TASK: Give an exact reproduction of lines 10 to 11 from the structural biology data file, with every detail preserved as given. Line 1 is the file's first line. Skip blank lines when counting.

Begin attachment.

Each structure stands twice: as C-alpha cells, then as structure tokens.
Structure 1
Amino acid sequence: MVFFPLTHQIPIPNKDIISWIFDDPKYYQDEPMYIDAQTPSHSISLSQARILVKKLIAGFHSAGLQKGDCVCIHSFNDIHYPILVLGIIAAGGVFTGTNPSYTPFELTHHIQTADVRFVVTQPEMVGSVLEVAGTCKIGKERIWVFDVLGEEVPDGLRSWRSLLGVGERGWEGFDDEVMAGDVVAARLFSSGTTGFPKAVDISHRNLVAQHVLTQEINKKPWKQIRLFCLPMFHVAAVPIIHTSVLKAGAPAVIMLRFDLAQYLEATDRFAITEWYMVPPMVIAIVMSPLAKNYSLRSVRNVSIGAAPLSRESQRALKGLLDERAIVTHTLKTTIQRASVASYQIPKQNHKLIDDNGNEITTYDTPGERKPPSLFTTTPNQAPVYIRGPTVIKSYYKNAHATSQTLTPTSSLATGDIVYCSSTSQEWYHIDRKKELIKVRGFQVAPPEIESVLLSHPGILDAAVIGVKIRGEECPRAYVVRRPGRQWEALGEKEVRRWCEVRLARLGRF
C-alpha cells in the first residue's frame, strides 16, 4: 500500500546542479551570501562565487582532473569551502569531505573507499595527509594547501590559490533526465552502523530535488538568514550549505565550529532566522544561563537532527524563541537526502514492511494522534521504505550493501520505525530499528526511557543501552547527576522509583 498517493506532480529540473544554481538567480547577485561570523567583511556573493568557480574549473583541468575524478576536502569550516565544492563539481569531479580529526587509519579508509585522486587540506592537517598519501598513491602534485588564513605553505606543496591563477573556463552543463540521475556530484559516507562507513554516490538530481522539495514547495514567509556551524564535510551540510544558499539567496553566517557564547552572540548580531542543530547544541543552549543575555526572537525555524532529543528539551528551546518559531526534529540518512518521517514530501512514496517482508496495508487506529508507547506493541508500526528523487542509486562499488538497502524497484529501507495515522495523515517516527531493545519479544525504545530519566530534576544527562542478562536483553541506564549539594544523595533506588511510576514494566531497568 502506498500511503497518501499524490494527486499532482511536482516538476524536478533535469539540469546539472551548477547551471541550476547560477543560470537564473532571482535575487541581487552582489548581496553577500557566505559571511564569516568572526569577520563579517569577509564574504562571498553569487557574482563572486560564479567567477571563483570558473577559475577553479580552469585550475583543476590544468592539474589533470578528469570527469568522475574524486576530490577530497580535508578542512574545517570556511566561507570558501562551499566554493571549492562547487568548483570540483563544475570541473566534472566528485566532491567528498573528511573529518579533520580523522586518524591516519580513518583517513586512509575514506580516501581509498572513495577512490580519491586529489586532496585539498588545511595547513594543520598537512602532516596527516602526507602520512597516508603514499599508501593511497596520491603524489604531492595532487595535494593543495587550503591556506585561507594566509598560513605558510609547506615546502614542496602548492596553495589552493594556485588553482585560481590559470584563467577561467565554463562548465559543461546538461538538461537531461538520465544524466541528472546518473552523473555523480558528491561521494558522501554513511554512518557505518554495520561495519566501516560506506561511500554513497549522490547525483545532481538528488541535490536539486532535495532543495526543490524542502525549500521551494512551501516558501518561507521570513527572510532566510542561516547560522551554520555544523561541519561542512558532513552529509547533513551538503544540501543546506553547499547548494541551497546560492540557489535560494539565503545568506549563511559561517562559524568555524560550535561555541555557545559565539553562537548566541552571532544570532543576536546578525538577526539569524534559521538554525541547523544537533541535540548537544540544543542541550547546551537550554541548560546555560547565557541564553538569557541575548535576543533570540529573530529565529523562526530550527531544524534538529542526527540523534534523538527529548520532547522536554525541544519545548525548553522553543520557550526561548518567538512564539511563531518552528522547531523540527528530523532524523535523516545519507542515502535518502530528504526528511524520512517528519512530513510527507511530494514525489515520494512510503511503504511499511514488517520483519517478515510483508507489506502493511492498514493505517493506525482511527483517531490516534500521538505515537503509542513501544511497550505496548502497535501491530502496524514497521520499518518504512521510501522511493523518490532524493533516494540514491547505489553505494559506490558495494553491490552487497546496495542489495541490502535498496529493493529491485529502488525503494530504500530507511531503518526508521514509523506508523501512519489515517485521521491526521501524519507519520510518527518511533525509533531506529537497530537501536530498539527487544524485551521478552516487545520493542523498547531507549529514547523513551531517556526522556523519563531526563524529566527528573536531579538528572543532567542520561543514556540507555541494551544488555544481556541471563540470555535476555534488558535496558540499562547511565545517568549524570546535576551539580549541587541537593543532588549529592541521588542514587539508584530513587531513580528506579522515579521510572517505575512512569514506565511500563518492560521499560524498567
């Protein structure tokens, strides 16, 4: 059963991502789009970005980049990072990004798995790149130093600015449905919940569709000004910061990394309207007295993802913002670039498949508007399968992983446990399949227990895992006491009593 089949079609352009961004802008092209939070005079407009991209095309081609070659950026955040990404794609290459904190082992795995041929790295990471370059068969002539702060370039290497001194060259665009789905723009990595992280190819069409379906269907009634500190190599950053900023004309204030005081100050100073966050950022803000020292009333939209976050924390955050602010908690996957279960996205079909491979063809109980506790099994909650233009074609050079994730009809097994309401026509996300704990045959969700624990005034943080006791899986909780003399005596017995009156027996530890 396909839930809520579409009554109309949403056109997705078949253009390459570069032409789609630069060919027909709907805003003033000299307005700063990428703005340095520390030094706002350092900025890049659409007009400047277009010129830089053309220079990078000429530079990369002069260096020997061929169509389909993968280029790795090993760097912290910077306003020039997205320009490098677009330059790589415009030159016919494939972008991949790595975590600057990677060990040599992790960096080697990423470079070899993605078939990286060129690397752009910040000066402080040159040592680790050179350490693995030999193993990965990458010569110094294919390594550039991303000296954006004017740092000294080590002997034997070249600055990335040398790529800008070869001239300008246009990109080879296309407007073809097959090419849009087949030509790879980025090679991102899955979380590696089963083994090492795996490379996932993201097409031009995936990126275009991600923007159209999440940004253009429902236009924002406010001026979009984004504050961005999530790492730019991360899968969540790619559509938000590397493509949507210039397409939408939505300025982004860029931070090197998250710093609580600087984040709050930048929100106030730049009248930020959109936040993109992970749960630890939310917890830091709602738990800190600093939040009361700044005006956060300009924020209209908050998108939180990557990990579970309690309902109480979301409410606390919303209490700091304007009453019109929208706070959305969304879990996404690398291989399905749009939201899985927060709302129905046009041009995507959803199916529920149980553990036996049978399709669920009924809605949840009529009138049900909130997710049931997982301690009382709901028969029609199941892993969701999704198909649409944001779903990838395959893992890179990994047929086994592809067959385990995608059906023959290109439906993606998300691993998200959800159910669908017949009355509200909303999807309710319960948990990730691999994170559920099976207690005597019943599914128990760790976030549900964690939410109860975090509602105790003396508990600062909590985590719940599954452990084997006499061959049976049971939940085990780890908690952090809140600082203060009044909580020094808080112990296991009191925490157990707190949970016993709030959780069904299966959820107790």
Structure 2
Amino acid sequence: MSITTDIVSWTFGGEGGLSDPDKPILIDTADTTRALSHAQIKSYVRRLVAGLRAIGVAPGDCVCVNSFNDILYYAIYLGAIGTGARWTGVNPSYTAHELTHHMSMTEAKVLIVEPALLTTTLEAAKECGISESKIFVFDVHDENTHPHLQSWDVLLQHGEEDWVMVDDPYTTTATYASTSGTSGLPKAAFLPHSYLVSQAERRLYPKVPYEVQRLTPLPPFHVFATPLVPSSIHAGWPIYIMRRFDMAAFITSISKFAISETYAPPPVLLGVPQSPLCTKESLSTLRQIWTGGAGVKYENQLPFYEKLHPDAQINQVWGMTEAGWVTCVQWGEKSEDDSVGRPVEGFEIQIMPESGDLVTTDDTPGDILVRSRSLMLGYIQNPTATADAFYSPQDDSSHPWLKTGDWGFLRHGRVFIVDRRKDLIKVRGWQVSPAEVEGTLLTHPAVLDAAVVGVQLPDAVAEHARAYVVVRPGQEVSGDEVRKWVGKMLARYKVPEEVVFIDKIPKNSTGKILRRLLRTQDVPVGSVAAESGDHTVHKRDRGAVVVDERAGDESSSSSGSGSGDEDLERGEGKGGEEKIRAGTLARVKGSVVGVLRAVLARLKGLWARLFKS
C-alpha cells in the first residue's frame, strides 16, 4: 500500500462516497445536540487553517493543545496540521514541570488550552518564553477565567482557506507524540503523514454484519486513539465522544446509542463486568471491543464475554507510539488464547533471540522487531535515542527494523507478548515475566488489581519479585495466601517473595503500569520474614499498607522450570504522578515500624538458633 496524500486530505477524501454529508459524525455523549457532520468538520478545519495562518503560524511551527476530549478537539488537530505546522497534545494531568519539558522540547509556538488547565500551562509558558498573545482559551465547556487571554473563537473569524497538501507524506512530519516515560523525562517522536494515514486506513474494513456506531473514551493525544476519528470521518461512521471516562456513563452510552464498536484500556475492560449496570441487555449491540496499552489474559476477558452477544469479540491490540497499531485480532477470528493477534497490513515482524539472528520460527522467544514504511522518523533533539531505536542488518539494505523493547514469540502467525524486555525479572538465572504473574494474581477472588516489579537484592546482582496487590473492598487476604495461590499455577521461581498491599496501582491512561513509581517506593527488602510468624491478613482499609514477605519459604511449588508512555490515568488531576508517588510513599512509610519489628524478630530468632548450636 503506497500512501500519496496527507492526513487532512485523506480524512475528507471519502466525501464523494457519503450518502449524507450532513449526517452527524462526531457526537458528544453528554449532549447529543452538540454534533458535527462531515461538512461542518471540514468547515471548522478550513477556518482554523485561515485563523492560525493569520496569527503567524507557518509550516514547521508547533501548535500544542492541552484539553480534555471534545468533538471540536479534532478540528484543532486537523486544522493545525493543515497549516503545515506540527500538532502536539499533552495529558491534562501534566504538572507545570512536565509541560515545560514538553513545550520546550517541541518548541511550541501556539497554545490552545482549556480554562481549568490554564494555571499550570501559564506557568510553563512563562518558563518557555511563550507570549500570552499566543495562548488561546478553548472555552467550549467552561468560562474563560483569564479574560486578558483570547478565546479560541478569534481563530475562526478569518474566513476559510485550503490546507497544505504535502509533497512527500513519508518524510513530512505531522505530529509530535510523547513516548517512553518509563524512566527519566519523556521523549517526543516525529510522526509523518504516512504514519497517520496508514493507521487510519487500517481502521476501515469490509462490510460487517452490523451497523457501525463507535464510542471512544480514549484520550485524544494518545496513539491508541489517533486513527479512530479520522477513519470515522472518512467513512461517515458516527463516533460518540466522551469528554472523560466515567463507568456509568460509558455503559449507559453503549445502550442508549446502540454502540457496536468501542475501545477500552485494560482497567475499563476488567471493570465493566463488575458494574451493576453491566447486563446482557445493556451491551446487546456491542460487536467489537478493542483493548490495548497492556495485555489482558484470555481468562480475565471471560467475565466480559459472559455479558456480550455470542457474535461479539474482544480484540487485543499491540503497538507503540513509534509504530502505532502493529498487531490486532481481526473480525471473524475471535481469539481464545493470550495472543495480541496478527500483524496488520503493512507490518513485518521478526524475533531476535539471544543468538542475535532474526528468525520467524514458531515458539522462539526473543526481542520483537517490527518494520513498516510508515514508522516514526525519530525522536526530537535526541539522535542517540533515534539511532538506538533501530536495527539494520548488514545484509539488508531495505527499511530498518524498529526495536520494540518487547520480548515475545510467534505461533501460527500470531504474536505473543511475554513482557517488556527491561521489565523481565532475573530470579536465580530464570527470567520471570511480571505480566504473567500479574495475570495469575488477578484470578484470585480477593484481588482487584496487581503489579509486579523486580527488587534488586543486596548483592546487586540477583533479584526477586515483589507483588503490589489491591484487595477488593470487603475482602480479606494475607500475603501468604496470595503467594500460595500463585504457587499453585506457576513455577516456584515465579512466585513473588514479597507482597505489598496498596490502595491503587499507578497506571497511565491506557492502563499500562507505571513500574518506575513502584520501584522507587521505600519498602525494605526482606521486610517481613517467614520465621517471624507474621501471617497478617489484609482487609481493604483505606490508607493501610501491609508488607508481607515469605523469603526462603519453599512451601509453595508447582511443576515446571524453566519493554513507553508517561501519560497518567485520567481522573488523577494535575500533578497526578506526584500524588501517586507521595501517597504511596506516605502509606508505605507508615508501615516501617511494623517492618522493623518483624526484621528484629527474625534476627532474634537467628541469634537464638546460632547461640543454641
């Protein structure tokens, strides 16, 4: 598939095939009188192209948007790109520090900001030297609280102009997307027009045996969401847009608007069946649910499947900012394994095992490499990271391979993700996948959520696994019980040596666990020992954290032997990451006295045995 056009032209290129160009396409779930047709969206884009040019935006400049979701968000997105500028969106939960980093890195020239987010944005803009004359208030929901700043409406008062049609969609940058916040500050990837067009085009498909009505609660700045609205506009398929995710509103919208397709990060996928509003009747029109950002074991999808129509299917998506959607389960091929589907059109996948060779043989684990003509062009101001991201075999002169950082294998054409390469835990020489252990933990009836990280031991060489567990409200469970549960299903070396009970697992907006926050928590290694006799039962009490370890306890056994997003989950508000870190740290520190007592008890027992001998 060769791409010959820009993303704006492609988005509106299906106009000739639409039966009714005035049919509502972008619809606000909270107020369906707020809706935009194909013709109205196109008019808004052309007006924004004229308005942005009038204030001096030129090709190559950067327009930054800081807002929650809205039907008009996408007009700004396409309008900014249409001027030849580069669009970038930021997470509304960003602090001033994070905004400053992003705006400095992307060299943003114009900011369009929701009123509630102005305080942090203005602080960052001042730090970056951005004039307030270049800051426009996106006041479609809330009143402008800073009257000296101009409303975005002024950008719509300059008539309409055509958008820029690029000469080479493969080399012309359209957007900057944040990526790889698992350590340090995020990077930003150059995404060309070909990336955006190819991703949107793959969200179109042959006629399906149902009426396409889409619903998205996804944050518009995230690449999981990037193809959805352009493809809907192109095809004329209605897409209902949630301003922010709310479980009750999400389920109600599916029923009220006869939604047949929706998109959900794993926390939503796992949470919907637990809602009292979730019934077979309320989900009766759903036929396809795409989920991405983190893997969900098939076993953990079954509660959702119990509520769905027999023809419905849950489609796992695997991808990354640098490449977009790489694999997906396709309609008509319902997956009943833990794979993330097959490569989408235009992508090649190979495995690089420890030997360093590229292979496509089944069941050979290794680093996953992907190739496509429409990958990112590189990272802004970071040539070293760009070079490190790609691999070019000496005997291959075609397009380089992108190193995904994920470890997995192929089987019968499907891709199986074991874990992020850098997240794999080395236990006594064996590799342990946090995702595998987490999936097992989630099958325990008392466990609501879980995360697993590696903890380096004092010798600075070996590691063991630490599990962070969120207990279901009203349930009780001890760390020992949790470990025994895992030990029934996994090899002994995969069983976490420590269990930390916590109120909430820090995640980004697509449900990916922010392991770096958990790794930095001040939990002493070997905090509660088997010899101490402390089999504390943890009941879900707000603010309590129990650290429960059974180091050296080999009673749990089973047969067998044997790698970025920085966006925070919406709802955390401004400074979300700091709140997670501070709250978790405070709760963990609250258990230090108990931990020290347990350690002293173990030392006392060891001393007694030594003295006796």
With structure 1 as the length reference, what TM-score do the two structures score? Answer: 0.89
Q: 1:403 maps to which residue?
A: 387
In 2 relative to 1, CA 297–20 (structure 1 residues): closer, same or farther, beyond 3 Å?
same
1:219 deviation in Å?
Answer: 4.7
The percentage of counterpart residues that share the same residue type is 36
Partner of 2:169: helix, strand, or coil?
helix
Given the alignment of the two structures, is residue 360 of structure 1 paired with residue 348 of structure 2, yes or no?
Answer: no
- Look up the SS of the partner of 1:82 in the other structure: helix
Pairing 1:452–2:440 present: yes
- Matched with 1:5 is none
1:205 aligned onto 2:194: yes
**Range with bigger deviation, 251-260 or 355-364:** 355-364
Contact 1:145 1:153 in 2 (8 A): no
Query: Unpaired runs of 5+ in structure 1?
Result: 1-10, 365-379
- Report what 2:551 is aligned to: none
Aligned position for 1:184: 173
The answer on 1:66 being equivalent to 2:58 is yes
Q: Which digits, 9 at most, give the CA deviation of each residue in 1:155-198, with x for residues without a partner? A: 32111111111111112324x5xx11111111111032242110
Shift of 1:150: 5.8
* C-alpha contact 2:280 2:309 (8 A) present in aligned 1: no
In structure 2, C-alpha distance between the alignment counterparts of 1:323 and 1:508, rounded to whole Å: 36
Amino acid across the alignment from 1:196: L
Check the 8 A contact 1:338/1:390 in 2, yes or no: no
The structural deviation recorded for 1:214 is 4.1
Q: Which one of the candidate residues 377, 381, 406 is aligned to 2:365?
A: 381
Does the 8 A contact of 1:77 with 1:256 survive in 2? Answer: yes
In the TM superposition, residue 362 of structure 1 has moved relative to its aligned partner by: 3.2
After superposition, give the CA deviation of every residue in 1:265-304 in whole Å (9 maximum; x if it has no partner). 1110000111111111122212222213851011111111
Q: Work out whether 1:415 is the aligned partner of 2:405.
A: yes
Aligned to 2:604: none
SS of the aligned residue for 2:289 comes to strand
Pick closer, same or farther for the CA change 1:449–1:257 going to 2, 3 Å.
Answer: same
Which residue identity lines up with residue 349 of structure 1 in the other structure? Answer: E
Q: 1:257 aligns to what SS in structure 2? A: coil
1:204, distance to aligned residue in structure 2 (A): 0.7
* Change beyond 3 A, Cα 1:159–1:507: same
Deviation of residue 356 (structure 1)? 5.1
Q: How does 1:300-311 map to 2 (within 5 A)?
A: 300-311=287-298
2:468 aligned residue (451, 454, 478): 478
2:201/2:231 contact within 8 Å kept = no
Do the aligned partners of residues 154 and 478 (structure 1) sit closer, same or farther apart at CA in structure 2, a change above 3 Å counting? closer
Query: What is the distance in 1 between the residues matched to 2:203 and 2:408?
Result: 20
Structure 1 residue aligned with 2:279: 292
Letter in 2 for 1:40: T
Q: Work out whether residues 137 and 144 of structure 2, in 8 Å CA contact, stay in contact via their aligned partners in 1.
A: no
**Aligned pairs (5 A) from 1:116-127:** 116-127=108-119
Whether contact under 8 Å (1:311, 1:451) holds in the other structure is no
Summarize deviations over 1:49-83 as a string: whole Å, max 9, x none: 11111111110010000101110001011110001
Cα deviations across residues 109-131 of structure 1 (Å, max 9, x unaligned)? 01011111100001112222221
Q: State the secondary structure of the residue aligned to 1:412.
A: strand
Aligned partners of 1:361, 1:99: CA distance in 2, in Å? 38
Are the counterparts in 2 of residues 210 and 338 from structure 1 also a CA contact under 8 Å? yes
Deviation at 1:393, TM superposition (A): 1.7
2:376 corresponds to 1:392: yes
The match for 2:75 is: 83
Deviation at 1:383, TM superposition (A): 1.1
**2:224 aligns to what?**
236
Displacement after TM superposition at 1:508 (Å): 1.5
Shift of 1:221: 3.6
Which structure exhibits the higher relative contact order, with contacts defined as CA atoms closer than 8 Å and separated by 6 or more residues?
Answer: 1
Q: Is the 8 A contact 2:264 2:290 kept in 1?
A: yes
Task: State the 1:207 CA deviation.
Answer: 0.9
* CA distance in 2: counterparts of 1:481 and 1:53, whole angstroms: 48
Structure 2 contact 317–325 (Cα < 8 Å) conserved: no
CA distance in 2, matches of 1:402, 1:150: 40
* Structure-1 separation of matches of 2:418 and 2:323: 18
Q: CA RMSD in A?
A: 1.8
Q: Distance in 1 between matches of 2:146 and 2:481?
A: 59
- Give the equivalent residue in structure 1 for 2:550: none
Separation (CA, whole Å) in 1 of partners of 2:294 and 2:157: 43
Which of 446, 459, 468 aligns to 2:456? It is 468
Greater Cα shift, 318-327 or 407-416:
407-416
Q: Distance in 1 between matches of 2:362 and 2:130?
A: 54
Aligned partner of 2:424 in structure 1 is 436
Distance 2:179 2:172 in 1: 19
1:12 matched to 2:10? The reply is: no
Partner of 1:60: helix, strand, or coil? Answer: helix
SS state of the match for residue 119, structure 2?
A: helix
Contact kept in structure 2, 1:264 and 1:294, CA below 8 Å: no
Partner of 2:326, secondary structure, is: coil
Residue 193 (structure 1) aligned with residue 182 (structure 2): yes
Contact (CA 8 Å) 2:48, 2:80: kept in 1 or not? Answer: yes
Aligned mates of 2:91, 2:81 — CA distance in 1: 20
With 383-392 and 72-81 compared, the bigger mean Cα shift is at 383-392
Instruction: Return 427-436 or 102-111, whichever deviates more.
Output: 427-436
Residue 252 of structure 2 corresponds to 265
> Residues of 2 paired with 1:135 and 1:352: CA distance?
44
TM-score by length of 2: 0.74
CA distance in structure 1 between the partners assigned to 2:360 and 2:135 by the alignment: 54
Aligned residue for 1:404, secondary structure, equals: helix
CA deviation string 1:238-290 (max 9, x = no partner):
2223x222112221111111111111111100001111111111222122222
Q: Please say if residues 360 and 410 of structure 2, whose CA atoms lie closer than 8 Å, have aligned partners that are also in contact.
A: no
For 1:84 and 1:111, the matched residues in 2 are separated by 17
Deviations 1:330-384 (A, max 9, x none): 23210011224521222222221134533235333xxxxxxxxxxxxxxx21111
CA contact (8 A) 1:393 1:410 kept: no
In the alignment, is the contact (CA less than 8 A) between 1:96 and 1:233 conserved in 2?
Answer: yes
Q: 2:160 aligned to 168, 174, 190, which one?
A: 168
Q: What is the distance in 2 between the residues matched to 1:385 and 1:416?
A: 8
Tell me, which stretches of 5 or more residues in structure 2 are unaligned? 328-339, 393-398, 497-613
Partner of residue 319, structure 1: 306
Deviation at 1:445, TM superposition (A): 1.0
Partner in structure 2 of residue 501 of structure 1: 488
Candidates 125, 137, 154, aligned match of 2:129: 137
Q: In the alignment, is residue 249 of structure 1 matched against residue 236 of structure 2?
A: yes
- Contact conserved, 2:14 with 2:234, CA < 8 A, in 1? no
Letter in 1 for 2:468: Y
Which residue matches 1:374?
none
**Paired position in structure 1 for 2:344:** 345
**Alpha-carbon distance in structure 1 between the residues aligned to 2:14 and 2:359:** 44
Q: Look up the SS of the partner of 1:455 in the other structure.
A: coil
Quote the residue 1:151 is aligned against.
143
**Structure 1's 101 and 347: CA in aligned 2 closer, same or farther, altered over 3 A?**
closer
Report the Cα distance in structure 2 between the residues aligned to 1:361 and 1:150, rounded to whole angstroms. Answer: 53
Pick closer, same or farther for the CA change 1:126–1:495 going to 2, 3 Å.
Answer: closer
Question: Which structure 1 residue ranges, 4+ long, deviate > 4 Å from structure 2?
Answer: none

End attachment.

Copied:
With structure 1 as the length reference, what TM-score do the two structures score? Answer: 0.89
Q: 1:403 maps to which residue?